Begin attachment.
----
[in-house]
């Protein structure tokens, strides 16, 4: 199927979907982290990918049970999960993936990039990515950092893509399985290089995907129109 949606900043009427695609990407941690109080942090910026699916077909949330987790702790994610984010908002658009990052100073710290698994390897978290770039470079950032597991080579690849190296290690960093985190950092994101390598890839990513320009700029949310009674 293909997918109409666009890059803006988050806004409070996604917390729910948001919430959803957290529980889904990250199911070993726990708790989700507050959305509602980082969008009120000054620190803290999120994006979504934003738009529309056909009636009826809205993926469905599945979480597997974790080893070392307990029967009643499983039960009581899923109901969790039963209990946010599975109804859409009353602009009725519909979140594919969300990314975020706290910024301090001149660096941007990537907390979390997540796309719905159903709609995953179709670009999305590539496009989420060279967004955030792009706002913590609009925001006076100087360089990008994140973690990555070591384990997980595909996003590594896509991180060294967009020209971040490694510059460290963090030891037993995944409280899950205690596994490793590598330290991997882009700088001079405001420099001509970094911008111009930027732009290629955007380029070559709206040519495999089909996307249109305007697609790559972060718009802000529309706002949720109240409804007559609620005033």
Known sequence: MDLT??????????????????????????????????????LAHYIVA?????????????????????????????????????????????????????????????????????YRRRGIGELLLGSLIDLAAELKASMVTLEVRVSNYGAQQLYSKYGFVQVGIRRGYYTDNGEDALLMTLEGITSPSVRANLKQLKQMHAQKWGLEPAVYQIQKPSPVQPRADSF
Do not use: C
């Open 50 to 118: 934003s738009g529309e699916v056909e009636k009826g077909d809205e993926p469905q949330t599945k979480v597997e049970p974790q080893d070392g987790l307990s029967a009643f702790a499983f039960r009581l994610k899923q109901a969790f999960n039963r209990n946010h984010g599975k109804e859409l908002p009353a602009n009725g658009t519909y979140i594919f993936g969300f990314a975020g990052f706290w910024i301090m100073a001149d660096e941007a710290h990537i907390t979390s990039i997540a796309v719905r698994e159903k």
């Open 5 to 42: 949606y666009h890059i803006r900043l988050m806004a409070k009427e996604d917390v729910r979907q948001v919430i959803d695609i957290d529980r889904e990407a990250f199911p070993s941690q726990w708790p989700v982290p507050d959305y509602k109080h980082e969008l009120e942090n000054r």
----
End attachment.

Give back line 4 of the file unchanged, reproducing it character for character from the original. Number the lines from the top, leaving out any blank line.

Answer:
Do not use: C